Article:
I stayed up all night the night before.  A few of our other friends dropped by, but I really had nothing to say to any of them.  I was too preoccupied with my impending appointment.  I stared out the window while they sat around and flicked the ash from their cigarettes and talked and joked with each other.  The smoke was thick in the air as the hours dragged on.  I was still there at the window at daybreak, watching the first hint of light on the edge of the sky.  It was quiet now.  These other friends had gone home, and it was just me and my thoughts.  It wondered how it would be when I was gone and this all went on without me.

My friend came out from his bedroom.  He took his time over his breakfast and his coffee.  I'd almost thought he'd forgotten until I heard the rattle of his dishes and silverware in the sink and he turned to me, still working on his last bite of food, and asked, "You ready?"  I swallowed hard and nodded.  We went out to the driveway and he popped the trunk of my car and he loaded it with a couple of muddy shovels and an old brown shotgun.  I took a deep breath of the morning air and had a good last look around.  There was fog hanging low over the road, curling around the wooden posts of the fence that ran along the roadside.

But as I backed out of the driveway, I swung the car north instead of south, and headed up towards town.  There was no way I was going to go through with this.  The pale numbness of resignation passed and I felt suddenly engaged, hunched over the steering wheel, gripping it in my hands, alive again. I decided I'd be safer if we went to a more populated area.  My friend began to figure out that we'd gone the wrong way.  As we rolled up the residential streets with their closely packed houses and cleanly clipped yards, his head darted all around.  Before the objections could leave his mouth, I told him that I needed to stop by my mother's house to pick something up.

I pulled up at the house, and he followed me inside.  We went in through the back way, out behind the garage.  I undid the latch on the gate to the backyard and let him in ahead of me.  We came in through the utility room, and just as we were passing by the hot water heater, I noticed a pair of handcuffs sitting on a nearby shelf.  I acted fast, grabbing the handcuffs and clipping one end to one of the brown water pipes and the other end to my friend's wrist.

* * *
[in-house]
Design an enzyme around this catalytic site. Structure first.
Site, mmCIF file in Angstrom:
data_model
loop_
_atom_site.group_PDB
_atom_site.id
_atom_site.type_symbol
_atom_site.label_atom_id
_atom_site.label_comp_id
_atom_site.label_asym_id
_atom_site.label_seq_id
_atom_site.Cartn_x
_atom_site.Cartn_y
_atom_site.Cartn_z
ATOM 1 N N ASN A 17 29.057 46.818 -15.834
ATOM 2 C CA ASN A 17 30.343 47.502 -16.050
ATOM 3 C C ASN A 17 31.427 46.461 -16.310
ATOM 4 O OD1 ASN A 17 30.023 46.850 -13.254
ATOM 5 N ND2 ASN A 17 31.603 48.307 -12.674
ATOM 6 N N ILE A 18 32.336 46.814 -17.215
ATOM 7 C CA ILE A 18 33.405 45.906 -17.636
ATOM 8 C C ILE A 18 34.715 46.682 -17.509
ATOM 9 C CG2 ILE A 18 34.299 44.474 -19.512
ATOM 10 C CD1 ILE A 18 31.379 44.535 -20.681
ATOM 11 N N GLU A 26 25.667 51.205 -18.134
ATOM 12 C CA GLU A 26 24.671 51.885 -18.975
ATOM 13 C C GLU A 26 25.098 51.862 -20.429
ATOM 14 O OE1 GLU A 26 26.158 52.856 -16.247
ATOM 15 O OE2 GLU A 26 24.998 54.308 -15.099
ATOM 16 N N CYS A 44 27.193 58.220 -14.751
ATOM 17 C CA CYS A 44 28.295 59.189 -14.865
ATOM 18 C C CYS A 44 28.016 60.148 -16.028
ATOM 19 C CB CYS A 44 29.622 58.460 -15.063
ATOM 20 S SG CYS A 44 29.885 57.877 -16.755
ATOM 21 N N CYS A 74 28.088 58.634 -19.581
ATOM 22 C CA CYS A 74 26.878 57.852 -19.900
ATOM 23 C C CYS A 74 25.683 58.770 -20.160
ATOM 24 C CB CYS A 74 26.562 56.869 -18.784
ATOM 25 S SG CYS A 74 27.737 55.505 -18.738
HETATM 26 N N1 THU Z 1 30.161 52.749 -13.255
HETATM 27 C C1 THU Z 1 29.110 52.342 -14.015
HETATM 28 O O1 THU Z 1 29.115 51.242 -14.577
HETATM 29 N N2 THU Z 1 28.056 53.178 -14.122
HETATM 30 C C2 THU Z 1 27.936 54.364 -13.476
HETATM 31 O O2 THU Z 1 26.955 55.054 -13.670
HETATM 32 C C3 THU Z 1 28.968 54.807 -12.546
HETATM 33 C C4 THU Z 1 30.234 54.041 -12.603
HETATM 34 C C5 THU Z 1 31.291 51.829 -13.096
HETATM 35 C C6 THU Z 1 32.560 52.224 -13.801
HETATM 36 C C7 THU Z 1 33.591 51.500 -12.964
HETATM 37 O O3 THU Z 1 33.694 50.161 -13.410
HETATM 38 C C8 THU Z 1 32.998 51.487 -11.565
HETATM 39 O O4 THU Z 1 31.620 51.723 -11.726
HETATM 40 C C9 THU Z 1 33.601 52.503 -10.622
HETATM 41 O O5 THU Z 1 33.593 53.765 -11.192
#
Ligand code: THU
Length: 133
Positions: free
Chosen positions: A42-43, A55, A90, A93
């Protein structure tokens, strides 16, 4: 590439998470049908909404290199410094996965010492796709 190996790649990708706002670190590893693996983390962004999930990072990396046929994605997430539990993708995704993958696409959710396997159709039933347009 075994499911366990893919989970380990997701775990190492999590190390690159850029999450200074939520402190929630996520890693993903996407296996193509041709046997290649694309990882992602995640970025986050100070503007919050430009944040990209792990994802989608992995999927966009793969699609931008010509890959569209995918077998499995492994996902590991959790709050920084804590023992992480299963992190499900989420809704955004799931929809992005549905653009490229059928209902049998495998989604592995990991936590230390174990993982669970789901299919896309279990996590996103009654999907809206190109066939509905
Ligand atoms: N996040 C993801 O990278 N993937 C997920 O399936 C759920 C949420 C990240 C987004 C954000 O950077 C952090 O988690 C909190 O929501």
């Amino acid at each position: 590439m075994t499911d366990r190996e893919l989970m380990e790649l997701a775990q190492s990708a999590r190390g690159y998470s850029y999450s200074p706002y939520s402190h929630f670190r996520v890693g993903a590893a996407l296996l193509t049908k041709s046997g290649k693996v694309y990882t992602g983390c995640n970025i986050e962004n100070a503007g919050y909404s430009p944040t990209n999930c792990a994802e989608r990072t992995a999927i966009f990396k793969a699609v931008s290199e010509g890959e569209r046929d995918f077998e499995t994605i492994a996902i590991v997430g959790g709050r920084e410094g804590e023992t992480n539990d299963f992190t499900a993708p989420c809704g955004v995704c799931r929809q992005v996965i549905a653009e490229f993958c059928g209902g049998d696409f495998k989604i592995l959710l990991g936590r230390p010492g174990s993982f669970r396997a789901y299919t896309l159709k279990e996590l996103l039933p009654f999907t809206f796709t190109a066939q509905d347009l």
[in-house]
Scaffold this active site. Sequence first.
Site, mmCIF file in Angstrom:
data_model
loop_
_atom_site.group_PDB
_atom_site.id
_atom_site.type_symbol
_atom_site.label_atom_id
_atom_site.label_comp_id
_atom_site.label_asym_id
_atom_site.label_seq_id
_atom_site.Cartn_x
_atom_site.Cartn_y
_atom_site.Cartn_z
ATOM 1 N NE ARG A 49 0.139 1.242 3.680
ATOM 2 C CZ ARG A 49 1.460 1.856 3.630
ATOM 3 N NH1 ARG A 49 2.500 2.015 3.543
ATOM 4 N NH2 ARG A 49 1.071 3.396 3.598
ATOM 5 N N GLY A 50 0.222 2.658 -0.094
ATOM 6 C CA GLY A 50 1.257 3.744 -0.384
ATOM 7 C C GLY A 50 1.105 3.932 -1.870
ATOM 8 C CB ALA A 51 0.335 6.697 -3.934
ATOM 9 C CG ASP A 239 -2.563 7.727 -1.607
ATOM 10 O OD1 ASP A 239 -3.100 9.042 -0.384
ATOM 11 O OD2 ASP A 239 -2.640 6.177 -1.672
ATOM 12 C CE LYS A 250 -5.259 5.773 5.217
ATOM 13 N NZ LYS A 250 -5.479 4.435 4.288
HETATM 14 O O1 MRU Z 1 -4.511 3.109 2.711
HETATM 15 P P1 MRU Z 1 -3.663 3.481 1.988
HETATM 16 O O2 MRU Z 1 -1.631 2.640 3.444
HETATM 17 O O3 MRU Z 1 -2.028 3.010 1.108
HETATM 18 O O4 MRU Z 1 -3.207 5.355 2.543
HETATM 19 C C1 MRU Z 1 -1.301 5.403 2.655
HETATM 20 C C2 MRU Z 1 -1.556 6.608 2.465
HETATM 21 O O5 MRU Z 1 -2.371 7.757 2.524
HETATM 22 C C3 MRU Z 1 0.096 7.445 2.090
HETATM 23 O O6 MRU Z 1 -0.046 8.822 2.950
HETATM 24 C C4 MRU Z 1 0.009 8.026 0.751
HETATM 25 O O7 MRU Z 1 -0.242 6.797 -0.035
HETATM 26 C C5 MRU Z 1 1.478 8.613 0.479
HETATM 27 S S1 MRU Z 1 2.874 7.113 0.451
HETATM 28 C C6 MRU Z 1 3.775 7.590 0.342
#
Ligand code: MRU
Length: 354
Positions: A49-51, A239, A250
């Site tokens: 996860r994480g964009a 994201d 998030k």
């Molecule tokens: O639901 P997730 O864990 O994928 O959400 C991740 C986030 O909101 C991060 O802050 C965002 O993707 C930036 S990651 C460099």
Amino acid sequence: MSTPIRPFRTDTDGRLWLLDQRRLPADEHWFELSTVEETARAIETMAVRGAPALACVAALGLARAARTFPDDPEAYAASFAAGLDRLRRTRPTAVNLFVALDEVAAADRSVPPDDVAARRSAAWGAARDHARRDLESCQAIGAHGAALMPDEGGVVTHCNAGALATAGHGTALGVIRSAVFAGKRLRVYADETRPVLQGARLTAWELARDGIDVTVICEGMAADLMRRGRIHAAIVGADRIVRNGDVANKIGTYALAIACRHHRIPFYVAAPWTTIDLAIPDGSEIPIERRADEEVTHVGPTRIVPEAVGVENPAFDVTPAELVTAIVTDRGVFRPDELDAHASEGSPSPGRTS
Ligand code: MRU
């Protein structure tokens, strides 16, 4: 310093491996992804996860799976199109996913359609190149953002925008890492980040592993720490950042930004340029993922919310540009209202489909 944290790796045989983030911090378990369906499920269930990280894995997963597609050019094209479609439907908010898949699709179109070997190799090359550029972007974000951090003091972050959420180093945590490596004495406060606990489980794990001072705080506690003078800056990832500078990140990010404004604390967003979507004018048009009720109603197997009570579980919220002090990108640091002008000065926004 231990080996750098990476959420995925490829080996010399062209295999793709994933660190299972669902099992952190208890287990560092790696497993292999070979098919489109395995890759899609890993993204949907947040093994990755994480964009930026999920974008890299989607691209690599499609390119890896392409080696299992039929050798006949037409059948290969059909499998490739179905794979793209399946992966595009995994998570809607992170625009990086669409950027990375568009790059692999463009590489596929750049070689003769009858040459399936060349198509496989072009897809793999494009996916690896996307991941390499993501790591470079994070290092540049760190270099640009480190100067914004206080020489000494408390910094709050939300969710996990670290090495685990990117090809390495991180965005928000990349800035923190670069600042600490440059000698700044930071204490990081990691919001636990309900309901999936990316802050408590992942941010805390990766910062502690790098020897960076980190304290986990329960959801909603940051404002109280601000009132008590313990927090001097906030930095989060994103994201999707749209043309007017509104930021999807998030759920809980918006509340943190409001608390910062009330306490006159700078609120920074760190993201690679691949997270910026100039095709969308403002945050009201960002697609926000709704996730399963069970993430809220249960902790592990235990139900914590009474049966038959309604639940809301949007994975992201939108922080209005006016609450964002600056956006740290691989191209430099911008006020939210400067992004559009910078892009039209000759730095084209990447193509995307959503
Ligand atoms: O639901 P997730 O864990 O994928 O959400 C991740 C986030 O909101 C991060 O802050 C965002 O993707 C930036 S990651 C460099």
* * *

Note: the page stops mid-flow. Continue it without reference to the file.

He looked back at me confused as he tried to jerk his hand free.  I told him, "Did you really think I was going to drive out somewhere and let you kill me?  You stupid sick son of a bitch.  Haven't you ever heard of a saying?"  He just struggled and stared at me and said nothing.  I wasn't sure what to do with him.  I left him there and headed out through the kitchen to the front room.  My mother was coming down the stairs, just about to leave for work.  She was just about to ask me what I was doing there when a violent metallic rattle rang out from the back of the house.  She looked past me, perplexed.  I just shrugged.            

Tuesday, September 1, 2015

Looking in the Window

It was early morning, very dim and grey.  There was this condo that my wife and I were interested in, and I rode over on my bicycle to have a look at it.  The place was situated on nicely landscaped grounds with ponds and neatly manicured hedges, the buildings were painted in earth tones, and there was a quiet relaxed atmosphere, softened by the misty air and the glow of the carriage lamps that lined the walkways.  I had been back several times over the past few weeks to crouch down and look into the windows at the empty rooms of the available unit, imaging our furniture arranged on the beige carpeted floors and deciding whether I really wanted to buy the place.